Menopause is a time when heart health is importantBy Veita Bland, M.D. / April 14, 2023
One of the most mysterious times of life for a woman is when she is going through menopause. This is a time when there are so many different changes taking place in her body that will affect her future. It is a time when she will no longer have the ability to produce life. It can be emotional for many. Many see the loss of the ability to create a life as a change they were not ready for, a phase to be mourned. Others celebrate the conclusion of what they view as a physical and emotional burden. Many may simply view menopause as just another phase of aging.
Menopause is a time when heart health is particularly important. It is a time when women entering into their late 40s and early 50s may have no idea of the change that is happening in their bodies and especially in their hearts.
It is important that women practice good health prior to menopause. Again, good health practices throughout life are especially important.
Women will produce less estrogen during menopause. They will unfortunately start to accumulate more abdominal fat and may develop more physical symptoms such as high blood triglycerides (a type of cholesterol), low HDL (a good and protective cholesterol), high blood pressure and high blood sugar. Having three of these five symptoms places a woman at increased risk of developing heart disease. With age, the arteries of the body become more thickened and thus more vulnerable to heart disease.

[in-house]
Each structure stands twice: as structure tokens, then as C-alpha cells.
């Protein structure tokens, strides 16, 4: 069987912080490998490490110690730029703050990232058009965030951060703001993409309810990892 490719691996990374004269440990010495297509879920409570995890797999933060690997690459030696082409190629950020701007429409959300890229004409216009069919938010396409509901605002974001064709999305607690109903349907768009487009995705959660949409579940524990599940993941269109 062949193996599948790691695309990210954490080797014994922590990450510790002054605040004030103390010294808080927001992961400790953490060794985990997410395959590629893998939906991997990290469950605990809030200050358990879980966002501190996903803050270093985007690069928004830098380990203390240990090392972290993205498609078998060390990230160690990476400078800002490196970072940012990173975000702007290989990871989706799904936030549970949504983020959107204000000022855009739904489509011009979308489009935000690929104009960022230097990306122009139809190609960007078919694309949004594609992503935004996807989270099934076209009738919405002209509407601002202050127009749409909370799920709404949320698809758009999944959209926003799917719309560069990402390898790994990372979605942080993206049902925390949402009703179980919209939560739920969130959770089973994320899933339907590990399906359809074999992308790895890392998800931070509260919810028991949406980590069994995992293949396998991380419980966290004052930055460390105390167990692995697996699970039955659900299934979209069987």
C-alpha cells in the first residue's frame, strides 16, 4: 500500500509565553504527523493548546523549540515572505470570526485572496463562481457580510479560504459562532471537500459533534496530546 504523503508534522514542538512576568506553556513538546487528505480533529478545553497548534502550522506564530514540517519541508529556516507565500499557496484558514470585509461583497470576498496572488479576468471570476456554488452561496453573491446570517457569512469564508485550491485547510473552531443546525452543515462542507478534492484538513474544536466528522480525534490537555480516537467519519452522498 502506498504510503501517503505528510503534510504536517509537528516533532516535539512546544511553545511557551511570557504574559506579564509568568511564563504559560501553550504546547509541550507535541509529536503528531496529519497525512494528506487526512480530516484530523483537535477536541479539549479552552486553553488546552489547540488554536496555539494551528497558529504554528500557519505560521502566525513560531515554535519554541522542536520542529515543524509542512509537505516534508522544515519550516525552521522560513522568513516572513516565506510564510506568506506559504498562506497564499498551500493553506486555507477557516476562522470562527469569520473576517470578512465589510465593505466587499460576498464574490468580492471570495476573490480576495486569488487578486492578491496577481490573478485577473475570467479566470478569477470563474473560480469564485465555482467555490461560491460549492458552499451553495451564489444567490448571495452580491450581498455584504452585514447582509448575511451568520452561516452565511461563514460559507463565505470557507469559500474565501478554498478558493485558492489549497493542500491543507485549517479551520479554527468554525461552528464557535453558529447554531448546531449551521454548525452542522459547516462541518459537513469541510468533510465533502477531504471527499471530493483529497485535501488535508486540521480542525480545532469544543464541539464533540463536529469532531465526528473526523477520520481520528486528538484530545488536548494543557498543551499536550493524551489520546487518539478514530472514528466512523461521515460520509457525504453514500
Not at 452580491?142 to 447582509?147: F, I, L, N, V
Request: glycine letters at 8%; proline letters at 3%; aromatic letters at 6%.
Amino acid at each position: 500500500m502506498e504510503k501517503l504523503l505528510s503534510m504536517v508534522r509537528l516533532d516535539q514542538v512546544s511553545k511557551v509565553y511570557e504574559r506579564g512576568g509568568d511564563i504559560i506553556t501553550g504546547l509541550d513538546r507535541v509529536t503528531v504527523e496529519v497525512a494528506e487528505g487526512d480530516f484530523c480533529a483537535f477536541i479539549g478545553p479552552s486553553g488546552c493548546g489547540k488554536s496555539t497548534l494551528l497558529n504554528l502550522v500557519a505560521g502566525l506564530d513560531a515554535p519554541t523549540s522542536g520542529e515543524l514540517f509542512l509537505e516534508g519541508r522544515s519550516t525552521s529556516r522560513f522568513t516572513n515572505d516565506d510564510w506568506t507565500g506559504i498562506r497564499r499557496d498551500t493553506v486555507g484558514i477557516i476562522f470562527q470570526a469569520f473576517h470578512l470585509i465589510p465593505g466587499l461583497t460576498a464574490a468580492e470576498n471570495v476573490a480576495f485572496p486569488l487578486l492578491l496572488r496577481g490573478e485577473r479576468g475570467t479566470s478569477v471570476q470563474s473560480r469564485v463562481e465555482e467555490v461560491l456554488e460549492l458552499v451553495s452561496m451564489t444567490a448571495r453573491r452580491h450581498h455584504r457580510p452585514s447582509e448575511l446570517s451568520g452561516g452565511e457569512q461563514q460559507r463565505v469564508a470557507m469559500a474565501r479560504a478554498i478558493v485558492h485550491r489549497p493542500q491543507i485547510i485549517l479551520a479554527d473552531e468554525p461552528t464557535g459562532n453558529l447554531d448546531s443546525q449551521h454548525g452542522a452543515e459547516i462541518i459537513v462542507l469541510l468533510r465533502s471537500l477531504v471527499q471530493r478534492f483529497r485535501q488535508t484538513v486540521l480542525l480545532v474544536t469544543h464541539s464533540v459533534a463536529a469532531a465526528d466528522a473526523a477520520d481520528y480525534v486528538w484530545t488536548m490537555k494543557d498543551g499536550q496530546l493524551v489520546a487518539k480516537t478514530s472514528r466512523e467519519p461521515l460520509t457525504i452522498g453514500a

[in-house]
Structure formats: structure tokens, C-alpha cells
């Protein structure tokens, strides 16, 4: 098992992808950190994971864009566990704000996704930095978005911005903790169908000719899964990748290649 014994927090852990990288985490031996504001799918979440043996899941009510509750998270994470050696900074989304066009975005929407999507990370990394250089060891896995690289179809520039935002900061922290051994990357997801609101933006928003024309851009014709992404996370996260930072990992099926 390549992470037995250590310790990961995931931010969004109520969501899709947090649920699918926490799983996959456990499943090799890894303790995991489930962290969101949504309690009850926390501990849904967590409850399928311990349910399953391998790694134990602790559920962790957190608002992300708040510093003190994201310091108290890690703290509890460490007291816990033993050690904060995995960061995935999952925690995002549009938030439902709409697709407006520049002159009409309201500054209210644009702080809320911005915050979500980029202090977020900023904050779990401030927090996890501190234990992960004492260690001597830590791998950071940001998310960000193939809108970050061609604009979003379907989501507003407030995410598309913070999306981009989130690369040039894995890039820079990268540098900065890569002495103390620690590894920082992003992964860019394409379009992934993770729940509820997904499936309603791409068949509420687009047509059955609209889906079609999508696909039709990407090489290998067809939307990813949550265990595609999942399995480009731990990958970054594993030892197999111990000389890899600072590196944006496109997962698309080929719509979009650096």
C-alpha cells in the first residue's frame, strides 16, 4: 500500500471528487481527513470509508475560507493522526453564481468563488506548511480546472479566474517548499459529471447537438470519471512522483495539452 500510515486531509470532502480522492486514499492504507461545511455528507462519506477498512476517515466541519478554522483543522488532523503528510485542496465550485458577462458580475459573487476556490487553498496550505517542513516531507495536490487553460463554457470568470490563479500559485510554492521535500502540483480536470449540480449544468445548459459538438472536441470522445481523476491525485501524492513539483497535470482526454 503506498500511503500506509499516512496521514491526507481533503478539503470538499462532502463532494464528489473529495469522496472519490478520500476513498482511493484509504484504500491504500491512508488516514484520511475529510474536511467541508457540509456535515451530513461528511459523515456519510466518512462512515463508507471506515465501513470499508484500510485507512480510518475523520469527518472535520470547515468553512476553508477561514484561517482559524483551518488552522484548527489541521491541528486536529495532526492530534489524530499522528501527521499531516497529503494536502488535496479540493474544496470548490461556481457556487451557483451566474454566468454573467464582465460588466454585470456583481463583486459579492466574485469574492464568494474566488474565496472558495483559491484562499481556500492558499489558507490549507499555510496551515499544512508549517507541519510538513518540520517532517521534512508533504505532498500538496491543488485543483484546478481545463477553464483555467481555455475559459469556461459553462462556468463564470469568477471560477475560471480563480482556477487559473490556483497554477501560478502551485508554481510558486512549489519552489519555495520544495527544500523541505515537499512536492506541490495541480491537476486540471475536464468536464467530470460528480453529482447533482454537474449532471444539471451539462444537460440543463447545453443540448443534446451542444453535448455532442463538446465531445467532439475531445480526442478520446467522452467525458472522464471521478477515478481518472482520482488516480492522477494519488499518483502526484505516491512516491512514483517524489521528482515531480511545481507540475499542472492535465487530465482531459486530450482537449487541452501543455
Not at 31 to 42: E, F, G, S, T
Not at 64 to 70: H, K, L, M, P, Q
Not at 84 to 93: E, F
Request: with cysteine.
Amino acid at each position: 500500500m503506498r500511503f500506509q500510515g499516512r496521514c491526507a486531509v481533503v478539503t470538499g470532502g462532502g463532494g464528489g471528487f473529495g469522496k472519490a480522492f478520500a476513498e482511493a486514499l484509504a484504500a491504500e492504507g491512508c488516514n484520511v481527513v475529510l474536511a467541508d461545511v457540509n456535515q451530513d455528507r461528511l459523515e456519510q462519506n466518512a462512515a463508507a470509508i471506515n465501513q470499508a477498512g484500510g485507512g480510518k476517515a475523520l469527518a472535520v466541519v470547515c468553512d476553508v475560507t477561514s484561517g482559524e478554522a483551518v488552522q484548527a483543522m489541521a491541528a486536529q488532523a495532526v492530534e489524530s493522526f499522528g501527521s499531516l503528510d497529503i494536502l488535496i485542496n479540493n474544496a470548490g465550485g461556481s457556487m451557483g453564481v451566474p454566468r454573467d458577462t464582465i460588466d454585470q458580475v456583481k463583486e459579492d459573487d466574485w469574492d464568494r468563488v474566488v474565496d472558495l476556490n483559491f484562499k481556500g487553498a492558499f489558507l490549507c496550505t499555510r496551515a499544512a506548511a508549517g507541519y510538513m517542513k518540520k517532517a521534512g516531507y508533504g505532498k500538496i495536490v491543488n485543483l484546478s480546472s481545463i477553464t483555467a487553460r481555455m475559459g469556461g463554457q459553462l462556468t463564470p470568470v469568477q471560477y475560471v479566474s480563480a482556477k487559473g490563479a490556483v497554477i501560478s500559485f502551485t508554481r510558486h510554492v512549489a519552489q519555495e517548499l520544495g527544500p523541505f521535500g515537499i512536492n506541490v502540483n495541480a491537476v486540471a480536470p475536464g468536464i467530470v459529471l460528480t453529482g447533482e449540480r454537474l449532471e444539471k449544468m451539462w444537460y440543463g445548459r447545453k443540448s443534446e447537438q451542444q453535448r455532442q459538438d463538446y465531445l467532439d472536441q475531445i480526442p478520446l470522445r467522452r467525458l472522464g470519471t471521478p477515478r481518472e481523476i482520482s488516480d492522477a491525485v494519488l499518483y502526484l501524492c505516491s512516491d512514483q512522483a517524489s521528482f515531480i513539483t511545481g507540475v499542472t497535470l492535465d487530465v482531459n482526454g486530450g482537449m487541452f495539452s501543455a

Many women do not realize that heart disease is the number one killer of women, more than all forms of cancer put together. Many women do not know that hot flashes and night sweats are associated with a greater risk of high blood pressure and other heart related illnesses. In addition, depression during menopause is also related to an increased risk for heart disease.
It is known that women who experience natural (not surgical) menopause later in their lives have a lower risk of heart disease. Things that could influence the onset of an early menopause include genetics, cigarette smoking, and the development of cardiovascular disease during childbearing years.
It is truly important for women to intensify their efforts to have good cardiovascular health in their years leading up to menopause.
The keys to good health remain the same. They include being physically active, getting enough sleep, eating a healthy diet, no smoking, maintaining a healthy weight, keeping the cholesterol down, watching the blood pressure and keeping the glucose levels down. Unfortunately, few women do all of these.
The biggest bang for the health buck is to maintain one’s physical activity. This factor can affect women’s heart health, diabetes, weight control, sleep and mental health, stroke risk and heart health.
Remember to do at least 150 minutes of moderate intensity aerobic exercise or 75 minutes of vigorous aerobic exercise or a combo of both a week.
It is never too late to add exercise to your lifestyle. The earlier you start implementing physical activities in your life, the better your health benefits. It is always easier to maintain your health than trying to reverse bad habits in life. Let’s go for a walk!
Dr. Veita Bland is a board-certified Greensboro physician and hypertension specialist. Dr. Bland’s radio show, “It’s a Matter of Your Health,” can be heard live on Wednesdays, 5:30 p.m. on N.C. A&T State University’s WNAA, 90.1 FM. Listeners may call in and ask questions. The show is replayed on Sirius 142 at 5 p.m. on Wed. Email Dr. Bland at firstname.lastname@example.org.